LITTLE ROCK — With a forecast of sunny, dry weather for the time being, farmers across Arkansas are hitting the fields trying to finish the soybean harvest.

"The weather has thrown us for a loop," says Chris Tingle, soybean specialist with the University of Arkansas Cooperative Extension Service.

Tingle said Arkansas has been lagging behind the rest of the nation in harvesting its 2.9-million-acre soybean crop.

"Even though fields will be muddy, we've got to get this crop out. We're looking at having to tear fields up, which will hurt later on." He said farmers will have ruts in their fields that will have to be repaired next planting season.

Dwayne Beaty, area Extension soybean agronomist, said it's a stressful time for farmers. He noted that the last three farmers he's talked to had 500 to 800 acres of beans left in their fields. "They also have cotton that has to be picked."

The big question on every soybean farmer's mind is how much the weather has affected quality.

"Typically, our beans are mature two to three weeks before we can get in and harvest them," Tingle said. "We've been out of the fields already three weeks and the beans were ready weeks before that. In other words, our beans have been ready to harvest up to six weeks in some fields. The quality of the beans is slowly deteriorating."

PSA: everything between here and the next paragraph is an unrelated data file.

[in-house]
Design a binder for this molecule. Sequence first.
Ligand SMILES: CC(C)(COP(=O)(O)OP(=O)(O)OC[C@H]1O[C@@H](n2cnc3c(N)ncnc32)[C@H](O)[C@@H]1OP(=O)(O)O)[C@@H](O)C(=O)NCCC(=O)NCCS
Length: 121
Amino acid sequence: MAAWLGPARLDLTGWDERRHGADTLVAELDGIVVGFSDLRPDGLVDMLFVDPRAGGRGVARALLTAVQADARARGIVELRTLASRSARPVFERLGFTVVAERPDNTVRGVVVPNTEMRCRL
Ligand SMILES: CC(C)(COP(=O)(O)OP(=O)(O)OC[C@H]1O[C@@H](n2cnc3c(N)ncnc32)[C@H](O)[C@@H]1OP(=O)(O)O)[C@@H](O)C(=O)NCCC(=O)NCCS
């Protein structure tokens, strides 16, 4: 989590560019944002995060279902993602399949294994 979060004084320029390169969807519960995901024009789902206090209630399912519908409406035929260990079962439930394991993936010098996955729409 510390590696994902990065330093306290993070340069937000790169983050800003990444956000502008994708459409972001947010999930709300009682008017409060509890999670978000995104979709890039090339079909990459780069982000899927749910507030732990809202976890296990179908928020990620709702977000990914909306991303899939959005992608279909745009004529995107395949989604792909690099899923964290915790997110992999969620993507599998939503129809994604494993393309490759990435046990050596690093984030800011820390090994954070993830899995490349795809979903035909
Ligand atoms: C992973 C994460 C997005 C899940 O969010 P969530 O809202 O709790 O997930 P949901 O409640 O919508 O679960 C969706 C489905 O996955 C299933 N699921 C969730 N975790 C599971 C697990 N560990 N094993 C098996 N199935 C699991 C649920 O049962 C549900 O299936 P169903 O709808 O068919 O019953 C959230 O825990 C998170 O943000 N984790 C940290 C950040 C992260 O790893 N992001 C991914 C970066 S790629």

He expects grain elevators will dock many farmers for quality problems.

Beaty compared the statewide weather problems this fall with similar conditions in August and September of last year in southeast Arkansas. "If this had been in late August or early September, like last year, we'd have beans sprouting in the pods."

He said warmer temperatures could encourage sprouting, which would result in severe dockage. Weather-related problems can also result in shriveled beans, lower test weights and decay in the pod, Beaty said.

"I thought we were going to get by this year in decent shape and have a good crop. Some of the early-harvested fields really performed well. Trey Reaper, Extension area soybean agronomist, cut his Arkansas County Soybean Research Verification field early and had a 68-bushel yield per acre with conventional varieties."

The 10-year average statewide soybean yield is 29.2 bushels per acre, according to the Arkansas Agricultural Statistics Service. The service had forecast a statewide yield of 35 bushels an acre for the 2002 crop.

Tingle said Midwest farmers have also had weather-related problems which have caused the market price for soybeans to rally.

"If we can get this crop out, we can take advantage of that," he said.

Lamar James is an Extension communications specialist with the University of Arkansas.